A man came to the landing this morning who collected and searched for artifacts in the river with his waterproof metal detector. His stories of the Yemassee Indians and the colonies on the Edisto stirred my interest in the abundant history of the river.
Not long after I caught up with Dave we came to the Dawho River, the small cut that would lead us over seven miles to the Intracoastal Waterway and then the North Edisto River.
Not even 100 yards into the narrow passage, a massive gator emerged in the mud a boat’s length from my bow. It stared me down in the water. I’m not afraid of alligators and never have been, but this one seemed malicious and unafraid, and he caught me off-guard.
I backpaddled and waited for Dave to catch up. Moments later, a motorboat pulled up. Two men yelled a warning to “watch out for gators on the banks around here.” No kidding. We’d seen three in the last two days, and none in the two days before that.
In the two hours it took us to paddle the Dawho, we saw no less than 30. They’d stand their ground until just before we reached them, then slink into the water and slowly swim toward us.
Halfway through the cut, the tide shifted and we paddled hard against a strong current for half an hour before pulling off at a side channel labeled Fishing Creek on the map.
We tried our luck at fishing, but didn’t do any catching. Against a heavy tide, it took around an hour to paddle out of the Dawho to the bridge that crosses the Intracoastal to Edisto Island.
We found a shady spot at the landing and attracted stares as we cooked a sweet and sour stir-fry with carrots and onions, our last hot meal. The tide was supposed to change here at 5:30, but at 6:30 it just seemed to be slacking, so we finally put in.
The Intracoastal Waterway is big — not the friendly Edisto River we’d gotten used to. With night looming and big swells rocking our kayaks, we made the less adventurous decision of pulling over at the next dry spot to wait for morning. Sharing the open, windy waterway with ships and tankers in the pitch black of a nearly new moon would not have been wise.
About half a mile ahead we steered towards a row of trees jutting out into the river. Fighting our way through heavy vegetation, we discovered the interior of the small island to be a lagoon.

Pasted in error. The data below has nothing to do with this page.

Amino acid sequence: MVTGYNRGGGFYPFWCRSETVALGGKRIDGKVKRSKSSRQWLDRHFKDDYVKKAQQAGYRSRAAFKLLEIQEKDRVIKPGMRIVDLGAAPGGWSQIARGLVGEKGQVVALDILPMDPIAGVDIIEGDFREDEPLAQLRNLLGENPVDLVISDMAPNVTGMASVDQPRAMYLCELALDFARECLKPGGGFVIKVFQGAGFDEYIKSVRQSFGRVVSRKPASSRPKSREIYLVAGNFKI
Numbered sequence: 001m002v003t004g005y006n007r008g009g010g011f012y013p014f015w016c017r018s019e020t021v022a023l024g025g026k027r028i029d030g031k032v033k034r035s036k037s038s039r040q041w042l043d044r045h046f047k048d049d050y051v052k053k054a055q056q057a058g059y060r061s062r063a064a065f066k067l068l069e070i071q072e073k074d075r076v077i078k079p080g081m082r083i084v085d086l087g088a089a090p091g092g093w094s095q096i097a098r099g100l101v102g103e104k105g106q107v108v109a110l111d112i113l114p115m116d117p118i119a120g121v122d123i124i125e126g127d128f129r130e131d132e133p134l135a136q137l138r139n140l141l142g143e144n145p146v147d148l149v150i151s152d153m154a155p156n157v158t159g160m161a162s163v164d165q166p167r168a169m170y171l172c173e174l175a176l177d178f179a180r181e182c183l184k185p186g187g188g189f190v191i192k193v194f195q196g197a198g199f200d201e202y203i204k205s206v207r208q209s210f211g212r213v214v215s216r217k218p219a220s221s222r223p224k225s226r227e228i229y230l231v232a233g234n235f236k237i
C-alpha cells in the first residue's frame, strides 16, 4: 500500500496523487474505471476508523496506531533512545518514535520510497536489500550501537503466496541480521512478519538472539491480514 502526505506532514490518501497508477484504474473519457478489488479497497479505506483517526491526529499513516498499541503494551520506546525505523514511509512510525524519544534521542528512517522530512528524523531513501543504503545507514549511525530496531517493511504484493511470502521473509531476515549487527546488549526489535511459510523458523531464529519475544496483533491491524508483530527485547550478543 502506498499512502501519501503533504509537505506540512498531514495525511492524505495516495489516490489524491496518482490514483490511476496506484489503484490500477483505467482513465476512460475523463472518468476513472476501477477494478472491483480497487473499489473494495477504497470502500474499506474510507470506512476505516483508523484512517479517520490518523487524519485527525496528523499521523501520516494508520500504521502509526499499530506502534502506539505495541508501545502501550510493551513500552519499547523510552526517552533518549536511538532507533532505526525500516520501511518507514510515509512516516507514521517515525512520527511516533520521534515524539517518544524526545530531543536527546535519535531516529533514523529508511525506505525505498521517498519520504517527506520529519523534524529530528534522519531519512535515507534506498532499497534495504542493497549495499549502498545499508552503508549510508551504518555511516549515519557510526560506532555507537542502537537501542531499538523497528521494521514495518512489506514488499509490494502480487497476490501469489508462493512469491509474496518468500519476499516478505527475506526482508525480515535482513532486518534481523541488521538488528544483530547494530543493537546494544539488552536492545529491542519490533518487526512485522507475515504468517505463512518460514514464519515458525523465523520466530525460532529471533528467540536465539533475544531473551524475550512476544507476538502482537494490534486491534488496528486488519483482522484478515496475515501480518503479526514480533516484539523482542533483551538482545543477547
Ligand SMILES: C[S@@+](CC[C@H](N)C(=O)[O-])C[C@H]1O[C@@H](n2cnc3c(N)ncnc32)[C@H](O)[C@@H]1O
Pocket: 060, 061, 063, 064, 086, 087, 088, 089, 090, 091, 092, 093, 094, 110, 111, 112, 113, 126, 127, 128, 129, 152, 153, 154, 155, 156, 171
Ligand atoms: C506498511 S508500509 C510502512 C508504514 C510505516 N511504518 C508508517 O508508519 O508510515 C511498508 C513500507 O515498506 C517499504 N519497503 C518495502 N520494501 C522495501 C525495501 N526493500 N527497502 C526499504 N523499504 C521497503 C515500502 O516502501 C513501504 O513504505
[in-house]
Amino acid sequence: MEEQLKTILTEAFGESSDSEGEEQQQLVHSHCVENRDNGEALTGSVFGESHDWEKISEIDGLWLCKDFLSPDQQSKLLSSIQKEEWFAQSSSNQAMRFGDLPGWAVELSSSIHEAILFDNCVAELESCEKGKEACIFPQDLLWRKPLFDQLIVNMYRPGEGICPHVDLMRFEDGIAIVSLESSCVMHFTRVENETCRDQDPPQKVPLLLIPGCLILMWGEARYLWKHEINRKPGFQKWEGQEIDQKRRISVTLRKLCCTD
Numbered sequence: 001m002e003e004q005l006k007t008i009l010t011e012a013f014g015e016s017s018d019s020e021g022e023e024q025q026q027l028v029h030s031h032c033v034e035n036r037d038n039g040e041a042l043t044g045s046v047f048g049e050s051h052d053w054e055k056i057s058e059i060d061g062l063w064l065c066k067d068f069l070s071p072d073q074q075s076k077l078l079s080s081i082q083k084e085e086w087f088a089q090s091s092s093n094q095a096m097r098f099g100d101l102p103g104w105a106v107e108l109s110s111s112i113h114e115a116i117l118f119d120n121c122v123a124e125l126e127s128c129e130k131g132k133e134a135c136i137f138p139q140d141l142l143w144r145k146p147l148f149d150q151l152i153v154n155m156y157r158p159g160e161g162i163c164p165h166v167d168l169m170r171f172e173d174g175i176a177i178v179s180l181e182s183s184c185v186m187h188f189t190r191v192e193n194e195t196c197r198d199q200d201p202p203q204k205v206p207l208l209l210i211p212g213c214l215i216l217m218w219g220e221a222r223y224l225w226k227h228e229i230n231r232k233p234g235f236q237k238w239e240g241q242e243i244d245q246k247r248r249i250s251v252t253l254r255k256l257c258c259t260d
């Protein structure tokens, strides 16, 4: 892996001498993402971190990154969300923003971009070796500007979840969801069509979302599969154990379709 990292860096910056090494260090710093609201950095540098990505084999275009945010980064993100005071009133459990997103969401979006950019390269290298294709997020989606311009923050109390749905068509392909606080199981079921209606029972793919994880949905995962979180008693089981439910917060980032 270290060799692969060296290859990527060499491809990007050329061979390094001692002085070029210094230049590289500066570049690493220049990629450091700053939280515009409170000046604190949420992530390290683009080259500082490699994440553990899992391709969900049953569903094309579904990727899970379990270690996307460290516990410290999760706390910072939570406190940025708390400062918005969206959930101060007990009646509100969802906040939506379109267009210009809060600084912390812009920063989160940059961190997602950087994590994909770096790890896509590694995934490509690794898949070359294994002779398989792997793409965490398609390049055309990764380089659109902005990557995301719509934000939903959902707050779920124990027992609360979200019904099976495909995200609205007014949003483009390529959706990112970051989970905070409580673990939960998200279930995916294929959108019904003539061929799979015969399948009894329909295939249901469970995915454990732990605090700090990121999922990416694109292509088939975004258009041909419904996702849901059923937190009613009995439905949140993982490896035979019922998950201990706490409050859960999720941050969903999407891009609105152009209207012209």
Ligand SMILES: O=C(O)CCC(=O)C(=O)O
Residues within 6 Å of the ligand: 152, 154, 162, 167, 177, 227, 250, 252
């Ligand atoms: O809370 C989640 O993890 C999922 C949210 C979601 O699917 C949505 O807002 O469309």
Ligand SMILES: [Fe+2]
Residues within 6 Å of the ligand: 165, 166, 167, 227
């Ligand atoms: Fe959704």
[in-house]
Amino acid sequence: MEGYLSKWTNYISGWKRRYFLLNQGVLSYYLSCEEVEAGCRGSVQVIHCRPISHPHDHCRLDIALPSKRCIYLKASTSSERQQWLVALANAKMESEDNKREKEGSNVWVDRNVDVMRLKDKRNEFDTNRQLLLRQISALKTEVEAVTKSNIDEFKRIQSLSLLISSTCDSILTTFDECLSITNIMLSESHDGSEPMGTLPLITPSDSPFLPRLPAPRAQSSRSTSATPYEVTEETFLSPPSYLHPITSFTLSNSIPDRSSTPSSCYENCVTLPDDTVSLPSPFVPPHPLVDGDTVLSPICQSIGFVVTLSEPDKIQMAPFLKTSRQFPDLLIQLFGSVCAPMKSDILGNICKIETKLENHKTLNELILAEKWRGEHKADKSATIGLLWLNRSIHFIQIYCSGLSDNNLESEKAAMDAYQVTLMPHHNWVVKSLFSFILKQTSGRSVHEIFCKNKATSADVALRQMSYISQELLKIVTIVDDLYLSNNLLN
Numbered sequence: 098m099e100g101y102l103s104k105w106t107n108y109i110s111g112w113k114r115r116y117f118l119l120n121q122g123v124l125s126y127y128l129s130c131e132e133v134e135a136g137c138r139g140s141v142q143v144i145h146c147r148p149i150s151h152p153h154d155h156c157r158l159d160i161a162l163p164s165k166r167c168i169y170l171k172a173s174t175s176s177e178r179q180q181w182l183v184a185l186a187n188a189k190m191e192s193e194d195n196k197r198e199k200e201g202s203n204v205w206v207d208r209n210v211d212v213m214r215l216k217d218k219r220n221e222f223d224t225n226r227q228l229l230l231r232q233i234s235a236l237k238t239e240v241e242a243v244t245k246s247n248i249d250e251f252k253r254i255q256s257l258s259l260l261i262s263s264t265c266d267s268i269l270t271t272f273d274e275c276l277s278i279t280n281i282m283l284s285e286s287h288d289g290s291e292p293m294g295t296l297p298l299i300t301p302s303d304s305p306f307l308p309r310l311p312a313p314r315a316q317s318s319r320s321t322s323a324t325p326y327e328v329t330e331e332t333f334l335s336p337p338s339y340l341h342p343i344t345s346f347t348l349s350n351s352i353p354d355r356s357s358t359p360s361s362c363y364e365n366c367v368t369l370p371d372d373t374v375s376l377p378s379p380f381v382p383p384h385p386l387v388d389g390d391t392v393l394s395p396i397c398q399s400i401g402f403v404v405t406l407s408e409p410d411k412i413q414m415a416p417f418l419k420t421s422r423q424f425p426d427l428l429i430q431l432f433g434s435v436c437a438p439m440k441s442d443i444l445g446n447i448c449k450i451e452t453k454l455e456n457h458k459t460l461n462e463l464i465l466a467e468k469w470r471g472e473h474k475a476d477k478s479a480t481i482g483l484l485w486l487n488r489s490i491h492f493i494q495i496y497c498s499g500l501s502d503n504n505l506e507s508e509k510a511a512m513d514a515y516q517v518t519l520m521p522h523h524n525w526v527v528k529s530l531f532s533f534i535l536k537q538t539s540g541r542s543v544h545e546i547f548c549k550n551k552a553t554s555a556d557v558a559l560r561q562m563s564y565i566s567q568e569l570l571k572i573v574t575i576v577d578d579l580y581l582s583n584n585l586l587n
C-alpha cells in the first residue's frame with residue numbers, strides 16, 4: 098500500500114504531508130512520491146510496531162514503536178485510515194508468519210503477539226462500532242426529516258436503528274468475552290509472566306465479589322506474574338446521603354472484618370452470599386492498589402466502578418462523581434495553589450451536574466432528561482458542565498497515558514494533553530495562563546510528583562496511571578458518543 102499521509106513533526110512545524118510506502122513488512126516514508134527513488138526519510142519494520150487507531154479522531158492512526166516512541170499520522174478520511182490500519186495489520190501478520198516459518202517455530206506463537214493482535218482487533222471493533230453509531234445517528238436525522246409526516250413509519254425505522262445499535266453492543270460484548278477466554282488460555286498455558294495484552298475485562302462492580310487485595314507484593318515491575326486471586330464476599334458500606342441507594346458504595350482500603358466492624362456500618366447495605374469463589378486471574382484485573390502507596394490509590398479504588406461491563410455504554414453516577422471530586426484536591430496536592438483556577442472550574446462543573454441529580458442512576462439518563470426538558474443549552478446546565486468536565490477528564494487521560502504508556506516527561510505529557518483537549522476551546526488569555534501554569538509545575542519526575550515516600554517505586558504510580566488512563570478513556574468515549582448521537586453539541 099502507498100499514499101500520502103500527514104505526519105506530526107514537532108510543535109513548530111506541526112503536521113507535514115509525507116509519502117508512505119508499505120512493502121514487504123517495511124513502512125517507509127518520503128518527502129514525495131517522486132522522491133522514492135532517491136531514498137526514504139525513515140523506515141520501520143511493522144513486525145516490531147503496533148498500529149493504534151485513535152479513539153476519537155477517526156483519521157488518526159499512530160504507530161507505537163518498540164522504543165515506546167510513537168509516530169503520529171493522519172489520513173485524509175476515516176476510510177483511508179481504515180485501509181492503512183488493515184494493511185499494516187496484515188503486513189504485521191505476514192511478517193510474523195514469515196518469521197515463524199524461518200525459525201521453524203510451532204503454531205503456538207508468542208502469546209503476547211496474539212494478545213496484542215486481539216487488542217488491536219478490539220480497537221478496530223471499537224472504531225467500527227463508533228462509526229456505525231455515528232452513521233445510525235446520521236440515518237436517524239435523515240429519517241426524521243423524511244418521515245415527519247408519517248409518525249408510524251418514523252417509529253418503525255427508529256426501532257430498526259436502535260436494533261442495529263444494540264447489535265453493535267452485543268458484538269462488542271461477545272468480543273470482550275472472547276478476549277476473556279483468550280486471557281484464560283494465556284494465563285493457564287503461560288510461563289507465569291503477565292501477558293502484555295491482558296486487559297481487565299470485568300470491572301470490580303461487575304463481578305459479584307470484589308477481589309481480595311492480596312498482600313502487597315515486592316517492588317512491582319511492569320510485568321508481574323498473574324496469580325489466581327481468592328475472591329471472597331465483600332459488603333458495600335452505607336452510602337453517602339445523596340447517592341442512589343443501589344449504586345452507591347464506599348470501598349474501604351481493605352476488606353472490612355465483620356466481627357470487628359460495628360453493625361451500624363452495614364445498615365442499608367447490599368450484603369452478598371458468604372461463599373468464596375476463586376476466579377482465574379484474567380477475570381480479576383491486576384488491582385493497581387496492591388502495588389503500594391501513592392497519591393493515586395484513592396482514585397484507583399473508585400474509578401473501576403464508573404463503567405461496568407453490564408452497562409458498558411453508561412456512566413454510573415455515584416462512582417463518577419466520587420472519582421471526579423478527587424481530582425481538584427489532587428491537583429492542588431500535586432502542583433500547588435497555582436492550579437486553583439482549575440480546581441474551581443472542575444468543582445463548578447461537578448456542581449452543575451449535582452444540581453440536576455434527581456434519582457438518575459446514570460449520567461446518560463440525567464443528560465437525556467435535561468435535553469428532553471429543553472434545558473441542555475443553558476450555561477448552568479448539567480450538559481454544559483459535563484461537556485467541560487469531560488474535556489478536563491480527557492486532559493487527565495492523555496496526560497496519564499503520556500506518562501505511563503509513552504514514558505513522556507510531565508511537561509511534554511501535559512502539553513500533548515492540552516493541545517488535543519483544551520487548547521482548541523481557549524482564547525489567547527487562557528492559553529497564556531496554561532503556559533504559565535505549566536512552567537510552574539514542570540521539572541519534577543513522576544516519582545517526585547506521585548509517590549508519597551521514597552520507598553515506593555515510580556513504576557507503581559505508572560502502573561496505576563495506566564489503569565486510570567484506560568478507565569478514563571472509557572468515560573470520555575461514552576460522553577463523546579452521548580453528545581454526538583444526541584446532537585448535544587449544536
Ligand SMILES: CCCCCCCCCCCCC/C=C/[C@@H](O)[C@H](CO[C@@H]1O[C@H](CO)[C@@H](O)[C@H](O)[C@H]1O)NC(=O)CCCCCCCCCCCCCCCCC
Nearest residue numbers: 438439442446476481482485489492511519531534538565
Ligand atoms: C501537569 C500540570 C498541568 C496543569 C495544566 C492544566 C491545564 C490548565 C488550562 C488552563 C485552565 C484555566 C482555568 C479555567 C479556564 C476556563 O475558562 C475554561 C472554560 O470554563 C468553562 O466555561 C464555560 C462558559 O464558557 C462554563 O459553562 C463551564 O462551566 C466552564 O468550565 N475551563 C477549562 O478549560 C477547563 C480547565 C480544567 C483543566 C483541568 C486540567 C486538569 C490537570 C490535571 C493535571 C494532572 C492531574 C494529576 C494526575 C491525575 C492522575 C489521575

This was a circular spit of land that seemed to have been created by a dredge. A metal structure rose 20 feet above a pipe that allowed water to flow between the river and the lagoon. We quickly spotted two tent-sized dry spots in the mud and set up camp.
Just as the sun set, we crawled to the top of the metal tower with our backpacker guitars, and enjoyed a 360-degree view of the North Edisto, Wadmalaw Sound, the Intracoastal, and Edisto Island.
Dozens of birds combed the banks of the lagoon, and right at dark a flock of wood storks flew overhead. The night was starry and cool, and I slept well.
We awoke before dawn, hoping to catch a full outgoing tide to cover the last 15-odd miles to the ocean in one rigorous push. Breakfast was Twix bars and Pepsi, leftover from Billy, which we mixed with the last few inches of Jim Beam in lieu of coffee. As the sun loomed on the horizon, we hit the water.
In a kayak, the Intracoastal Waterway is especially huge. Five-foot swells often lifted and dropped us as we battled strong winds from the south for hours. Even with the tide, I was pushed backwards if I took a moment’s break.
Still, there is nothing like being on wide open salt water in the early morning. My arms were as fit as ever, showing veins around muscles sore from repeated exertion.
Fighting the tide after the change is even tougher, so we pressed on, reaching Botany Bay just before noon. Not 50 feet before we rounded the northernmost point on Edisto Island, putting us out into the Atlantic, a whiting bit onto the line Dave had been trailing behind him for days.
The fishless spell was broken. Seconds later we reached our Mount Katahdin, paddling out into the open ocean. We made it.
Back in familiar water at the mouth of Botany Bay, looking out to Devaux Bank and the ocean, I now know what lies upriver, and it is all worthy of the grandeur that spills out into this spot.
The world of automobiles and flush toilets awaits, and I can’t say I’m excited. It’s easier for me to go out than to go back in. But there’s work to be done and questions to be answered.
I want to paddle this river again and again. Maybe with my future wife, maybe my child. I hope they experience a river as profoundly beautiful as the Edisto remains today, and not a waterway lined with “Edisto Plantation” subdivisions. If that’s unavoidable, I’ll still fight it.
After all, this is the longest free-flowing blackwater river in the world, and it’s in our backyard. We’re the stewards.